One of the problems is drop-out rates for teachers posted to remote areas in the Ethiopian highlands. Their plight is illustrated by by the case of Thomas Yilma, who told Quartz Africa: “I felt like I was being abandoned in the middle of nowhere”. There is scant motivation and even less support for young teachers setting out to areas with poor electricity, phone or internet coverage.

Despite the fact that the education system is free and compulsory, only 60% of children are in school full time. Poor facilities and disadvantaged environments prevent many children from receiving the quality and full-time education targeted by the Sustainable Development Goals.

Liberia: rebuilding education after war and Ebola

Years ago, Liberia’s education system had a good reputation. Lincoln Ajoku, an education adviser at Concern, told the NGO: “My father told me that when he was growing up in Nigeria, if you wanted to study in West Africa, there was a good chance that you would go to Liberia because of the quality of the universities there.”

The effects of a 14-year civil war, aggravated by the 2014 Ebola epidemic, have dealt the Liberian school system a lasting blow, however.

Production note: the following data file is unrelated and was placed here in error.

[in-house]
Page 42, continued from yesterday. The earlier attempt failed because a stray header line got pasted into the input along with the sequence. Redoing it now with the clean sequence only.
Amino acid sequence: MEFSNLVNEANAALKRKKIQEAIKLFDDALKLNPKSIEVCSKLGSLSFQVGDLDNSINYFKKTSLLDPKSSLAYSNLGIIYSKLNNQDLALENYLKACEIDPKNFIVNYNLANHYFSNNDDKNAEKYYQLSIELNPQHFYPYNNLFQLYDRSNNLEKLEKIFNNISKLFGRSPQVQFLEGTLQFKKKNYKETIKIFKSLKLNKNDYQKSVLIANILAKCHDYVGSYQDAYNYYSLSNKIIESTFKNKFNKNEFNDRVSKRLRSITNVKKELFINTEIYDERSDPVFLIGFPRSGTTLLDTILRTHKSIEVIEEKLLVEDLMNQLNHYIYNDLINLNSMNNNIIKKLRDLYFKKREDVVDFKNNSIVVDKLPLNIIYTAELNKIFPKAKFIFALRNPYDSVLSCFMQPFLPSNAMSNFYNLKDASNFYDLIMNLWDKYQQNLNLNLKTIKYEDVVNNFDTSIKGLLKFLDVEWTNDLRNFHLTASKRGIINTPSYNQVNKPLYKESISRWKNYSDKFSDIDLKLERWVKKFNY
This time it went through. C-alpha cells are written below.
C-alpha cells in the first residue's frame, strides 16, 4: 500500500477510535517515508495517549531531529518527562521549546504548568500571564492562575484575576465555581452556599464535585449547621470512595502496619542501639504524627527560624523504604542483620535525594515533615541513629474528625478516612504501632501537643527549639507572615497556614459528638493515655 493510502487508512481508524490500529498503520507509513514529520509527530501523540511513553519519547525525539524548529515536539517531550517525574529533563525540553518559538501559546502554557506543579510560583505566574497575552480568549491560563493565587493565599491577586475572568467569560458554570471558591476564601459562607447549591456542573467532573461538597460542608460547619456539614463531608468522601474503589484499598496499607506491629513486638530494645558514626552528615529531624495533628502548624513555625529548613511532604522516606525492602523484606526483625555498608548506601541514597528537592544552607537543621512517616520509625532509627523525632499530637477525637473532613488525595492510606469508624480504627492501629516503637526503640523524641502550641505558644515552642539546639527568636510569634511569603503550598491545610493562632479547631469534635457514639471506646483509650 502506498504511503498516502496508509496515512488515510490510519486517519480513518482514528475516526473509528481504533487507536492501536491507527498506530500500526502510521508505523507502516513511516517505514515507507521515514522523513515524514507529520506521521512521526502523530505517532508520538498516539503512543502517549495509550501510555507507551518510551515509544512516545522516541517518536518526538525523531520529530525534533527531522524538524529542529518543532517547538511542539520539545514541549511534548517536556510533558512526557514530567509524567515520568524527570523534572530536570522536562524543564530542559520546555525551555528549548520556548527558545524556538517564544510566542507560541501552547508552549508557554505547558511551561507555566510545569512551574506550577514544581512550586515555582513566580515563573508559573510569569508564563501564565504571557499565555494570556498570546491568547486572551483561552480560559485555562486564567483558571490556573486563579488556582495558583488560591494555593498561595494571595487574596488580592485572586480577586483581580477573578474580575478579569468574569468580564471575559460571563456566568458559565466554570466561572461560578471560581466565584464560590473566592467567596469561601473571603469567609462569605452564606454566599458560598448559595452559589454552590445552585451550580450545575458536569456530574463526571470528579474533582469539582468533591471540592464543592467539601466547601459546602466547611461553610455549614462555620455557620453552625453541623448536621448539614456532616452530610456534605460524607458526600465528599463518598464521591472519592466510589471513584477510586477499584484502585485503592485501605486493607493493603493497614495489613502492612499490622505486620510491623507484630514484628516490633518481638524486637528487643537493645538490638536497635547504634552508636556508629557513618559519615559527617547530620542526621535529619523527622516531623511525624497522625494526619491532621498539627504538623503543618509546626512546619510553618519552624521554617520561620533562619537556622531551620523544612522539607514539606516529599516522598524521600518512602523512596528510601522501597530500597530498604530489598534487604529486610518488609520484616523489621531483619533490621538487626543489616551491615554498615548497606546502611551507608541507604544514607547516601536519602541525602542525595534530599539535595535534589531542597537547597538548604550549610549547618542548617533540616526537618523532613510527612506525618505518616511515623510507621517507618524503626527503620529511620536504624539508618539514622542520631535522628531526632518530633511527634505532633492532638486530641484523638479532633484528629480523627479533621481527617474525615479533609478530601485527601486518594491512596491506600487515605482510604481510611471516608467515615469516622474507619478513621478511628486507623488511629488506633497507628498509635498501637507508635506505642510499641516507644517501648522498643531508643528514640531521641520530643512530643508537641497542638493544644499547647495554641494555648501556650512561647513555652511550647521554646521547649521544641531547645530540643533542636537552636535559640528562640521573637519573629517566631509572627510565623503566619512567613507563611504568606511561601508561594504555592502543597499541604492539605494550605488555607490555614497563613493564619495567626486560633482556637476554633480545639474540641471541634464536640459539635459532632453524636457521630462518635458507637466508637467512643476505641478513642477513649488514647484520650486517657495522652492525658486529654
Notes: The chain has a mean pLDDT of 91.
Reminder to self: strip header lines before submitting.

• The rate of out-of-school children is one of the highest in the world, with 15-20% of children aged 6 to 14 not in school.
  • In 2013, out of 25,000 secondary school students, none of them managed to achieve the minimum pass mark for admission to the University of Liberia.
  • A recent study found that among adult women who had finished primary school, only one in four could read a sentence.
  • The state of education in Liberia is further exacerbated by the lack of classrooms, schools and teachers.

The government of Liberia has recognised that the education situation in the country is a human rights imperative. Lacking the funds to solve the problem on its own, it launched Partnership Schools for Liberia, an initiative to improve primary education in Liberia by working with private national and international partners. Liberia is still in the process of rebuilding its education system, but without major changes the situation could remain precarious by 2030.

Heading for the summit

On 24 and 25 September 2019, heads of state and governments will meet at the UN headquarters in New York to monitor in detail the progress made in the implementation of Agenda 2030 for SDGs. This, the first UN summit on the SDGs since their adoption, should provide an opportunity for a broad debate on education-related issues.